Tickets going quickly as Kiwanis Club's fundraiser Dining with the Dead returns next month

New performers will make their debut during this year's edition

Mike Easterling
Farmington Daily Times
Tony DiGiacomo portrays outlaw Ike Stockton during the 2019 edition of Dining with the Dead, a role he will reprise for this year's event in September.
  • Dining with the Dead will be held from 4 to 8 p.m. Saturday, Sept. 11 at Greenlawn Cemetery.
  • Tickets are $30 and include dinner.
  • They can be purchased at Howard's Cleaners, 1601 N. Dustin Ave.

FARMINGTON — Lots of communities have fascinating characters from their past who make for good storytelling. But few of those places celebrate those figures the way San Juan County does through its annual Dining with the Dead fundraiser.

Dining with the Dead, which returns for its eighth installment next month after a one-year absence due to the COVID-19 pandemic, is one of Farmington's more popular traditions. Tickets go on sale in the middle of the summer, and the event usually sells out well in advance, as it is on pace to do again this year.

Organizer Jill McQueary cautions that anyone who is intent on attending this year's edition should act quickly, as all tickets are expected to be sold before the end of August.

"We have people who love Dining with the Dead and come every year," McQueary said, explaining its enduring appeal. "People loved the (downtown) historical walk we did in May, and they love learning about history."

Charley Tyler portrays the Rev. Hugh Griffin during a past Dining with the Dead event at Greenlawn Park in Farmington.

San Juan County's colorful past certainly gives them a lot to chew over during the event, along with the traditional barbecue dinner they are served. Along with their brisket and beans, Dining with the Dead fans are treated to performers who bring some of the area's long-gone prominent figures back to life by assuming their personalities, relating their stories and donning period costumes.

McQueary has been with the event since its inception in 2013 and is gratified by its success, though she noted some folks seemed a little unsure about it in the early days.

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"There were some kind of tacky comments — people saying stuff like, 'You better not get barbecue sauce on my grandfather's headstone,'" she said.

But the event quickly caught on, and local residents have warmed to the spirit in which it is intended, McQueary said. She explained that the event is based on a large gathering that used to take place here every year.

D'Ann Waters will portray Mary Hubbard during this year's Dining with the Dead event on Sept. 11 at Greenlawn Cemetery in Farminton.

"In the '30s and '40s, the whole community would get together and go to Greenlawn and clean up the cemetery and have a big potluck dinner," she said.

Dining with the Dead is a modern version of that gathering, she said, although it is likely far more entertaining. This year's event will feature an unprecedented number of performers, 15, spread out across 11 stations at the cemetery.

Some of those performers will be portraying husband-and-wife teams from the county's past, including Cindy Reed and Rick Edwards as Harriet and George Sammons, and Nikki Taylor and Tony DiGiacomo as Ellen and Ike Stockton, while Ron Price as Ike Cox and Jean Bougeant as Sam Truby will explore the Cox-Truby feud, a years-long, deadly dispute between two regional ranching families.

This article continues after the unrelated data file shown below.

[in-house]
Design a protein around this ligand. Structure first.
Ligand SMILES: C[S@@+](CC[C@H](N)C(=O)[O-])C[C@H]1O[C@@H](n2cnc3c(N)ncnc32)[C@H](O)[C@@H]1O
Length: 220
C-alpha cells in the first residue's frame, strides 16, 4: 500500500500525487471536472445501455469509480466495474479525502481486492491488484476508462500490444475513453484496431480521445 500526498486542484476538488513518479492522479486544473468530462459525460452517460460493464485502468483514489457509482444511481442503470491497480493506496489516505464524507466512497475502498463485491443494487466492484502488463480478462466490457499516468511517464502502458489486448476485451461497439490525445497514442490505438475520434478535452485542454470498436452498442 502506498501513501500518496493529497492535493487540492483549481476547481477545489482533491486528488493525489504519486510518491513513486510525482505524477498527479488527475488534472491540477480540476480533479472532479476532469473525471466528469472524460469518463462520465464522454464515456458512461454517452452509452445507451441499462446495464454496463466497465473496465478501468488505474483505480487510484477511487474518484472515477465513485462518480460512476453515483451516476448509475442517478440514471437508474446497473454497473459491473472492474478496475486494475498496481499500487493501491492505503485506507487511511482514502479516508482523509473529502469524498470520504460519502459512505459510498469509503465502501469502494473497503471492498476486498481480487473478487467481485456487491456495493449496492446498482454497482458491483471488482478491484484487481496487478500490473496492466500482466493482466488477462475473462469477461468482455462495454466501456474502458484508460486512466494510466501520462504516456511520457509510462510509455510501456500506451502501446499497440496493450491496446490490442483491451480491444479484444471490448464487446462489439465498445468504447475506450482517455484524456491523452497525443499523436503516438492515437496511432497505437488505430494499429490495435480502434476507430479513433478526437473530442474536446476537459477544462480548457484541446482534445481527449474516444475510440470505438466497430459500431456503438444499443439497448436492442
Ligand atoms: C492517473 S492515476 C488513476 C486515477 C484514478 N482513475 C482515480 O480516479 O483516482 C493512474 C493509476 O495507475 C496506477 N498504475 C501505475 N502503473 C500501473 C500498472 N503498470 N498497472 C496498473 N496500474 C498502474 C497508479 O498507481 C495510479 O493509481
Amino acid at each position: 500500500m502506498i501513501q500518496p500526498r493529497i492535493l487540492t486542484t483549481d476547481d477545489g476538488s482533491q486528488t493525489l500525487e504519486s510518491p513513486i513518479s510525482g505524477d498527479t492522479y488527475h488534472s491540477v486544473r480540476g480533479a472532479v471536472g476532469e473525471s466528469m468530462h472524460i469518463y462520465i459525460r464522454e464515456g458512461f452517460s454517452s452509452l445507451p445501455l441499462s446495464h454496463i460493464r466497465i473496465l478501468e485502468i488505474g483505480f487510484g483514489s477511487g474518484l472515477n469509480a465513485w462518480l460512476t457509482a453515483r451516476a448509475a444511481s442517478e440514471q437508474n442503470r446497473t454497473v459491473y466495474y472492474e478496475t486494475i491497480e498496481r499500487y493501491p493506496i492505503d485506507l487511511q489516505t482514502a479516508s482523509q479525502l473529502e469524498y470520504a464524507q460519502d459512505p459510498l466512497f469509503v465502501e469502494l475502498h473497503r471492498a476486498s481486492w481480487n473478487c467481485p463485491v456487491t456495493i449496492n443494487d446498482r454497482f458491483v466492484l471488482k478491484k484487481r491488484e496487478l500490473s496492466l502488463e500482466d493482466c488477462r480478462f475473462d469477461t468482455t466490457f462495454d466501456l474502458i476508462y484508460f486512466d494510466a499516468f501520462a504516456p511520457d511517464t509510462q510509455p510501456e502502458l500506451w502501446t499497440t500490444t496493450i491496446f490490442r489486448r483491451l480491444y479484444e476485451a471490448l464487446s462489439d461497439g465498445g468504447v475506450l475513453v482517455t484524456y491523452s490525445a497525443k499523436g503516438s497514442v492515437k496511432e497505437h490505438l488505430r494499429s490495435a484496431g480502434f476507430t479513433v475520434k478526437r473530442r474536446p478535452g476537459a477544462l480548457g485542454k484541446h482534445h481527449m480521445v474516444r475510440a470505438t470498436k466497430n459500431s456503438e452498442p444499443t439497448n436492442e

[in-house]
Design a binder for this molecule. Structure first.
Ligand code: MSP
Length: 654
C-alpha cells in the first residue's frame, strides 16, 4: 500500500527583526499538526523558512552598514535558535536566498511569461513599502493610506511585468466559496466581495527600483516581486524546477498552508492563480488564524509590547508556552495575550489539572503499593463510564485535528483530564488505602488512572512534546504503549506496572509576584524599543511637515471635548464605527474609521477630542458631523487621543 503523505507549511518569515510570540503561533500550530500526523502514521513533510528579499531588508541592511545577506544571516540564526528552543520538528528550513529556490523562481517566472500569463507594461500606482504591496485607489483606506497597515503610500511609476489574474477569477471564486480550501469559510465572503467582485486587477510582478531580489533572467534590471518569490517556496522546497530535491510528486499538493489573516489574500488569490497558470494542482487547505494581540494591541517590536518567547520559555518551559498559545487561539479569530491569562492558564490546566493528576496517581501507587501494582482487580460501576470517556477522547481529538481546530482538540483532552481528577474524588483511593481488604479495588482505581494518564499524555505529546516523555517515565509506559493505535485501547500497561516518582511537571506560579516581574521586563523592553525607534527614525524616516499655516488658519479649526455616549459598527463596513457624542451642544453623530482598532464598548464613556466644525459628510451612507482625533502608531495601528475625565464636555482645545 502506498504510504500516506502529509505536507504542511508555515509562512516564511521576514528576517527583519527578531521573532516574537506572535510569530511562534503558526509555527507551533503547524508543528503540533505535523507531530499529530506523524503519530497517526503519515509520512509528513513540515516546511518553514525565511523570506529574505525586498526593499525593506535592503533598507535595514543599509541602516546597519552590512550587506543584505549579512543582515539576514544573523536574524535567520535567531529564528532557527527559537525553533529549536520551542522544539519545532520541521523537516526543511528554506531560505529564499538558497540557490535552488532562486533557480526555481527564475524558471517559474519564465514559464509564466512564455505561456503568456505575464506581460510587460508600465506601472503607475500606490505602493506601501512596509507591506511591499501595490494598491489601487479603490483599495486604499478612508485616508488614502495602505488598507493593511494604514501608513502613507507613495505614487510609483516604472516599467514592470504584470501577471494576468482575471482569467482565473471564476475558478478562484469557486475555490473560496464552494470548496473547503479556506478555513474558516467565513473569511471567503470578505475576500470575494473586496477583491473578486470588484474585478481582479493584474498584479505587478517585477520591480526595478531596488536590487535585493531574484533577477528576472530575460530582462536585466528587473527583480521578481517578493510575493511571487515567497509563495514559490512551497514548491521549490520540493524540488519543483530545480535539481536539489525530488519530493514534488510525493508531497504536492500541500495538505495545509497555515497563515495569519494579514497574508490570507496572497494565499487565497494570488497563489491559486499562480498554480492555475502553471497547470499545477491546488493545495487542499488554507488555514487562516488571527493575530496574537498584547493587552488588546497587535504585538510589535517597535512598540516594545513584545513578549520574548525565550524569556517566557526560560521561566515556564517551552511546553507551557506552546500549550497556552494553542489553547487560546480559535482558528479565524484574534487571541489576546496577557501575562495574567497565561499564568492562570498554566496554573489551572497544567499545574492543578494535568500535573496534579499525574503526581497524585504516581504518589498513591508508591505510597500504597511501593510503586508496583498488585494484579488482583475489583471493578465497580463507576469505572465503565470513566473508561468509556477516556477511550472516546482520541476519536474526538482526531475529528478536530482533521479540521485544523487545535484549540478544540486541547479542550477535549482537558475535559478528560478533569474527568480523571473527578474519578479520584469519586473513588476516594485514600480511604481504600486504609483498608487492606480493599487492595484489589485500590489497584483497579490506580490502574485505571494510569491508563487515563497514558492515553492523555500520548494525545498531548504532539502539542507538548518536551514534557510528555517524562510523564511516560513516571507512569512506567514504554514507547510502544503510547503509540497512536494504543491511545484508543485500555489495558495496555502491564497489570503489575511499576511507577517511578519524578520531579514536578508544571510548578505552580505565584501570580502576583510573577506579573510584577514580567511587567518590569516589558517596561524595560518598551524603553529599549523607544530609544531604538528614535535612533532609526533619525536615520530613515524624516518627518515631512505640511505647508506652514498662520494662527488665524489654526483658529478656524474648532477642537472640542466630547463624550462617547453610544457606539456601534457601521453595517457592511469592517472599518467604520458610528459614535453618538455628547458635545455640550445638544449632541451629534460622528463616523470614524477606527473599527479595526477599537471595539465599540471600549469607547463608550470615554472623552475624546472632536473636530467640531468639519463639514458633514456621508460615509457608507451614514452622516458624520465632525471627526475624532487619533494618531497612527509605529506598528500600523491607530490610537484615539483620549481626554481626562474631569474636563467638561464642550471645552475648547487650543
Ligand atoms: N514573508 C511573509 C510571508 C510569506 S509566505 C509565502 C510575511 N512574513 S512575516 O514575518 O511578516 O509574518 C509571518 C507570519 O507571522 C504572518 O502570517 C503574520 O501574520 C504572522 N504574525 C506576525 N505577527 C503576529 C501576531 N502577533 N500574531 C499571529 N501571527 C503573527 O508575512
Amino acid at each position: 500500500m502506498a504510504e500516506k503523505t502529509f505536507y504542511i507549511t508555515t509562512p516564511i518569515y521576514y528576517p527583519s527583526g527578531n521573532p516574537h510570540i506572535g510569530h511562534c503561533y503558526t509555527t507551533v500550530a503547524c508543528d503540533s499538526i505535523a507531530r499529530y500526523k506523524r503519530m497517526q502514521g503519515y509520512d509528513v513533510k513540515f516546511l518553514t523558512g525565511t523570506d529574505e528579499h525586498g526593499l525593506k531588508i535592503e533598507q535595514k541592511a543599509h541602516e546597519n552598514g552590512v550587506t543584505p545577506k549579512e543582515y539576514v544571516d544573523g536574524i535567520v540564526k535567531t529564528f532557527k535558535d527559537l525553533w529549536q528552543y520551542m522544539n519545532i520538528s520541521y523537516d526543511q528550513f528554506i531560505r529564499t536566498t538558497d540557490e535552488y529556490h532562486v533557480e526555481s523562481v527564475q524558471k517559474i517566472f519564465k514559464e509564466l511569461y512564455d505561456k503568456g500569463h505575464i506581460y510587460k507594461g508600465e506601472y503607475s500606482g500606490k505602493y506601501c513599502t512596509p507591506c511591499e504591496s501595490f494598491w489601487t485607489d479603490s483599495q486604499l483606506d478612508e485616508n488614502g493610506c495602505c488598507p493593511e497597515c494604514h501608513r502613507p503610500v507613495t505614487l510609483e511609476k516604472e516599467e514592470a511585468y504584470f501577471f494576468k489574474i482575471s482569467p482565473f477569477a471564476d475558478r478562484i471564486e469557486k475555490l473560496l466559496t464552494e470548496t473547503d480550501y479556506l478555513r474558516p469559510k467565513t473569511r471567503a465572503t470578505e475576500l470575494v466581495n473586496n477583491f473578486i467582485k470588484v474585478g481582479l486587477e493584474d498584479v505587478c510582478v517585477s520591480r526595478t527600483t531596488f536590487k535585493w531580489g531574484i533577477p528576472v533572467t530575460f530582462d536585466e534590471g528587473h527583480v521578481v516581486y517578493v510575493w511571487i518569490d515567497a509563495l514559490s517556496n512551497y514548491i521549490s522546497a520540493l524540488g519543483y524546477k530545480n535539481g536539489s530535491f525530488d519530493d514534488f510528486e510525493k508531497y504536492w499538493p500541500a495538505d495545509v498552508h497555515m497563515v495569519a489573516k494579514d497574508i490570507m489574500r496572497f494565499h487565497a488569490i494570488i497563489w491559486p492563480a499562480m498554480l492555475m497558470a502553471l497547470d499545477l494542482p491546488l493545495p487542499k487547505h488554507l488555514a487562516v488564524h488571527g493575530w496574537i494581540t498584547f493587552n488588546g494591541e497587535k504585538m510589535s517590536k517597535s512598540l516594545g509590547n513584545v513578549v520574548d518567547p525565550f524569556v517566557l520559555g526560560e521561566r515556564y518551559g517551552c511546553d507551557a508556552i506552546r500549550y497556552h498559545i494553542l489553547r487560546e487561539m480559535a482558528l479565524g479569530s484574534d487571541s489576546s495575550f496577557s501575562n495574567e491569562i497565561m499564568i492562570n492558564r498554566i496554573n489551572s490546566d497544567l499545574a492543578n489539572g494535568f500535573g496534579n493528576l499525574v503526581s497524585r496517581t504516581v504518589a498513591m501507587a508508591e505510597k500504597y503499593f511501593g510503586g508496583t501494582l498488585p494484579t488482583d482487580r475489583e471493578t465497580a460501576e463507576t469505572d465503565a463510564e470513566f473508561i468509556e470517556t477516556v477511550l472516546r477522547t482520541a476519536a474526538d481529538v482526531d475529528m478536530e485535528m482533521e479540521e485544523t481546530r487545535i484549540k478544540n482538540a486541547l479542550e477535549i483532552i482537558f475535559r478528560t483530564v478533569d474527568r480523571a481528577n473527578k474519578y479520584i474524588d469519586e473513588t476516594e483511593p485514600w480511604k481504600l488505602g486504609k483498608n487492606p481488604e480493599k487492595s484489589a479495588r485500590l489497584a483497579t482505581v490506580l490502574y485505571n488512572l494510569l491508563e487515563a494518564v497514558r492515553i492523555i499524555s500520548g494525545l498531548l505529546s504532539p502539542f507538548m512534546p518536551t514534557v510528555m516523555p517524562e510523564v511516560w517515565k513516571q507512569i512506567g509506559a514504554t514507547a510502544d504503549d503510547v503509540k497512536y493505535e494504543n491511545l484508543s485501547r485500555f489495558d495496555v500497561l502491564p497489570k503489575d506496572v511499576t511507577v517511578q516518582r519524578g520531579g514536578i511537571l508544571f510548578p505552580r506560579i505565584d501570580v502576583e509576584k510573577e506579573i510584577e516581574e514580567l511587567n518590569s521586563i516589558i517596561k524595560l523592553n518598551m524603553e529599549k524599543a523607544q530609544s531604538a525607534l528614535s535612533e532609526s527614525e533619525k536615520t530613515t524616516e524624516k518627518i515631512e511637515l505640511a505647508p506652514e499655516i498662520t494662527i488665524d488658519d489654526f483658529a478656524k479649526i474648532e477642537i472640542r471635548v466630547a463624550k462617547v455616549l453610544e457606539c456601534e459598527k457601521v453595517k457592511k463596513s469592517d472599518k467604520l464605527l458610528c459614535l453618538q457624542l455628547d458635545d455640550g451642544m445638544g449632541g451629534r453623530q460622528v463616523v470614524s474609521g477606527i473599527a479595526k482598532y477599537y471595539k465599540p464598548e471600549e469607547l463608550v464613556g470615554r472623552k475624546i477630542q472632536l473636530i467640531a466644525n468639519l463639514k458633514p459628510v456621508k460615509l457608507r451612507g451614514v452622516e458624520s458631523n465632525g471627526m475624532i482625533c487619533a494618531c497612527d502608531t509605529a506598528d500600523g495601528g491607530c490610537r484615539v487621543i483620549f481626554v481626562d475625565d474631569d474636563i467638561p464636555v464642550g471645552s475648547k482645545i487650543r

Other performers include Cindy Iacovetto as Nettie Locke, Charley Tyler as the Rev. Hugh Griffin, D'Ann Waters as Mary Hubbard, Scott Michlin as Robert H. Woods, Chuck Holmes as George Coe, Michelle Holmes as Phoebe Brown, Judy Castleberry as Francis David, Jim Fentiman as Eli Rufus Cline and Gary Hansen as William Butler.

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McQueary said she and her husband, Paul, came up with the idea of bringing Dining with the Dead to Farmington after attending a similar event years ago in Yuma, Arizona. She now believes the San Juan County version has eclipsed the original in quality because of the faithful way the local actors go about portraying their characters.

Unlike their counterparts in Yuma, she said, the Farmington actors never break character, always referring to themselves in first person and responding to questions from the audience as if they were living in some bygone era. That makes it easier for those in attendance to suspend disbelief and immerse themselves in the experience.

"You want your people to stay back in a different time era — which is what our people do," McQueary said.

Chuck Holmes portrays George Coe during this year's Dining with the Dead fundraiser at Greenlawn Cemetery.

Many of the performers have been with the event for several years, but this year's edition will feature several new ones. McQueary said the new actors are given a script they are expected to memorize, but, beyond that, they are encouraged to give the character their own interpretation and inject the character with personality.

"We tell them, 'Make it your own,'" she said.

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Proceeds raised from the event, which is sponsored by the Rio del Sol Kiwanis Club, are used to cover the costs of the organization's children's projects, including Clothes for Kids and Coats for Kids.

Dining with the Dead will be held from 4 to 8 p.m. Saturday, Sept. 11 at Greenlawn Cemetery, 1600 N. Dustin Ave. in Farmington. Tickets are $30 and include dinner. They can be purchased at Howard's Cleaners, 1601 N. Dustin Ave. Call 505-325-5931 or 505-860-5165.

Mike Easterling can be reached at 505-564-4610 or measterling@daily-times.com. Support local journalism with a digital subscription.